Good catch, Rick, I forgot about that one.  Does Greenstone now support
arbitrary XML formats now, or still only its own XML format?  I tried
Greenstone 2.39, but didn't like it because I would've needed to
transform the EAD to the Greenstone XML format to make it work.  It
works well if you're not lazy like me. :)

To that extent, Fedora [] could work as well,
especially given your ability to play with XML Web Services on your new
server.   You could use the native EAD using Fedora.  The demo has
examples of searchable finding aids from a Virginia project.

Zope [] may have improved its XML content management
capabilities for a turnkey solution, as well.


Silterra, Rick (END-CHI) wrote:

>I would suggest that you look into
>-----Original Message-----
>From: Clay Redding [mailto:[log in to unmask]]
>Sent: Monday, September 15, 2003 2:26 PM
>To: [log in to unmask]
>Subject: Re: XML delivery software -- best choices for Apple/Unix?
>Hi Annemarie,
>I'm not sure if anyone responded to this or not, as I've been on
>vacation.  If they have, please pardon any duplication.
>Since OS X is based on BSD, most anything that will run on Linux or Unix
>should work.  Unfortunately I'm not aware of any free turnkey
>solutions.  Proprietary solutions should still build properly on OS X,
>though.  It sounds like your XServe will ship with Apache Tomcat and
>Axis for web services.  With this setup, you could add Apache Cocoon for
>further delivery of the XML, HTML, etc., if you like.  If I'm not
>mistaken, eXist [], which is an open source
>XML database, sits nicely over Cocoon which would allow for search and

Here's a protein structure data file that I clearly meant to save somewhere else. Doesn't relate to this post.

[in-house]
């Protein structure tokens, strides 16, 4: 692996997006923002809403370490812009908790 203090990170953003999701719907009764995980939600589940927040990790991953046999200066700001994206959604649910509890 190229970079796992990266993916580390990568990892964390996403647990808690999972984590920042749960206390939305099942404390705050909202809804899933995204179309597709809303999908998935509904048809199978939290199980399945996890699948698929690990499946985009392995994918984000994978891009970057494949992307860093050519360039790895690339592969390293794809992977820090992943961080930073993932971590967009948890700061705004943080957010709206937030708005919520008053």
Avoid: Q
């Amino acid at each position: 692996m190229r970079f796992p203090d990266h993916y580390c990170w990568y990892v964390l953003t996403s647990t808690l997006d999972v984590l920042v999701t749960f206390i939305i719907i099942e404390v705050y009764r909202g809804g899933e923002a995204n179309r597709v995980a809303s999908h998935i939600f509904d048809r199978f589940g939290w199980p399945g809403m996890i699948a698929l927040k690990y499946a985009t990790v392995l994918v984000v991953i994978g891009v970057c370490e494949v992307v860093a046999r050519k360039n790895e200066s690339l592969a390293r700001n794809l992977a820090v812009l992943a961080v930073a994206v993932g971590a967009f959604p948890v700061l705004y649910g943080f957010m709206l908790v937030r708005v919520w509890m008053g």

>I had heard rumors (as of a year ago) that Cocoon didn't work very well
>with larger, document-centric XML files (like EAD).  That may have
>changed.  If you don't want to go with Cocoon, I'm simply using Tomcat
>with some simple Java servlets (Saxon 7.5 and FOP 0.20.5) for
>transforming to HTML, PDF, etc., at run time.  If you prefer the static
>approach, Tomcat can work as a regular web server as well.  This should
>run on OS X as nicely as it does on my Linux Mandrake box.
>Some OS X proponents have gotten the Sleepycat Berkeley DB XML
>[] up and running, but I have
>found its performance a little too slow, especially for larger EAD files.
>Hope this helps,
>Annemarie van Roessel wrote:
>>Fellow EADers-
>>The Ryerson and Burnham Archives at the Art Institute of Chicago is
>>researching software solutions to deliver our EAD 2002 finding aids
>>in both native XML and transformed HTML, with good searching/indexing
>>functionality. We've looked through the EAD implementor write-ups
>>online, but since they're not dated, it's hard to tell what's most
>>current, especially for those of us running on a Mac OS X (BSDUnix)
>>platform. We've also searched the EAD listerv archives without a
>>great deal of luck. Our hardware will be an Apple Xserve G4, running
>>MacOS X Server (unlimited licensing) with Apache for web services.
>>If anyone has any suggestions about the best delivery and indexing
>>software to use for this platform, we'd be very grateful for your
>>opinions. Ideas about the most efficient way to offer transformed
>>HTML in this environment are also welcome. Keep in mind that we have
>>limited technical support and not a lot of time for in-depth
>>programming on our end, so solutions that are close to running
>>out-of-the-box are ideal.
>>Annemarie van Roessel
>>Lead Project Archivist
>>Ryerson & Burnham Archives
>>The Art Institute of Chicago
>>111 S. Michigan Avenue
>>Chicago, IL  60603-6110
>>(312) 443-3618 ph.